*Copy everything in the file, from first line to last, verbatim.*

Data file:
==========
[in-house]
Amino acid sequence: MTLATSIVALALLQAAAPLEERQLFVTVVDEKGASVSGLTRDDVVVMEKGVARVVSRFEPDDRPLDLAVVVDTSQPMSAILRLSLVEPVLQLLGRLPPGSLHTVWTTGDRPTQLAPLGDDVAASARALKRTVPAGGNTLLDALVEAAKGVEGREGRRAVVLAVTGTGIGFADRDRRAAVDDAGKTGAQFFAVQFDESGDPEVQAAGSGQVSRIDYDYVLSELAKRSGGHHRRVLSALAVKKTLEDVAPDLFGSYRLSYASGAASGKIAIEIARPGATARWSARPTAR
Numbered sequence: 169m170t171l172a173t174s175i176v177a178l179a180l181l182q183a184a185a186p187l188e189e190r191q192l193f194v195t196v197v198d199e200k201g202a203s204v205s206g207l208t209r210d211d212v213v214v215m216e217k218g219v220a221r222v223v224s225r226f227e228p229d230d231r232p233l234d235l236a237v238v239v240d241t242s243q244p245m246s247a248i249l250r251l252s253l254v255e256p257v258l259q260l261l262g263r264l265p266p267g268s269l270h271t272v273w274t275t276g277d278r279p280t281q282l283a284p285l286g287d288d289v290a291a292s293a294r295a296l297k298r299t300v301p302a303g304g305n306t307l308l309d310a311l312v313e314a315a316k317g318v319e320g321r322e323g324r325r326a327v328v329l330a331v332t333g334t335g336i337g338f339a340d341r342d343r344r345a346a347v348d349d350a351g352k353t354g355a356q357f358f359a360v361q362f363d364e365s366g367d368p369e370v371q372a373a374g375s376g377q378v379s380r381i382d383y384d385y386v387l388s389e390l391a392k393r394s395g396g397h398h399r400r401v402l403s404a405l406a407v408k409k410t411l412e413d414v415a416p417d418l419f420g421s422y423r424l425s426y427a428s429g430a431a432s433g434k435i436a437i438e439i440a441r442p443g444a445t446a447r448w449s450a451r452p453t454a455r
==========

[in-house]
Amino acid sequence: MTLATSIVALALLQAAAPLEERQLFVTVVDEKGASVSGLTRDDVVVMEKGVARVVSRFEPDDRPLDLAVVVDTSQPMSAILRLSLVEPVLQLLGRLPPGSLHTVWTTGDRPTQLAPLGDDVAASARALKRTVPAGGNTLLDALVEAAKGVEGREGRRAVVLAVTGTGIGFADRDRRAAVDDAGKTGAQFFAVQFDESGDPEVQAAGSGQVSRIDYDYVLSELAKRSGGHHRRVLSALAVKKTLEDVAPDLFGSYRLSYASGAASGKIAIEIARPGATARWSARPTAR
Numbered sequence: 169m170t171l172a173t174s175i176v177a178l179a180l181l182q183a184a185a186p187l188e189e190r191q192l193f194v195t196v197v198d199e200k201g202a203s204v205s206g207l208t209r210d211d212v213v214v215m216e217k218g219v220a221r222v223v224s225r226f227e228p229d230d231r232p233l234d235l236a237v238v239v240d241t242s243q244p245m246s247a248i249l250r251l252s253l254v255e256p257v258l259q260l261l262g263r264l265p266p267g268s269l270h271t272v273w274t275t276g277d278r279p280t281q282l283a284p285l286g287d288d289v290a291a292s293a294r295a296l297k298r299t300v301p302a303g304g305n306t307l308l309d310a311l312v313e314a315a316k317g318v319e320g321r322e323g324r325r326a327v328v329l330a331v332t333g334t335g336i337g338f339a340d341r342d343r344r345a346a347v348d349d350a351g352k353t354g355a356q357f358f359a360v361q362f363d364e365s366g367d368p369e370v371q372a373a374g375s376g377q378v379s380r381i382d383y384d385y386v387l388s389e390l391a392k393r394s395g396g397h398h399r400r401v402l403s404a405l406a407v408k409k410t411l412e413d414v415a416p417d418l419f420g421s422y423r424l425s426y427a428s429g430a431a432s433g434k435i436a437i438e439i440a441r442p443g444a445t446a447r448w449s450a451r452p453t454a455r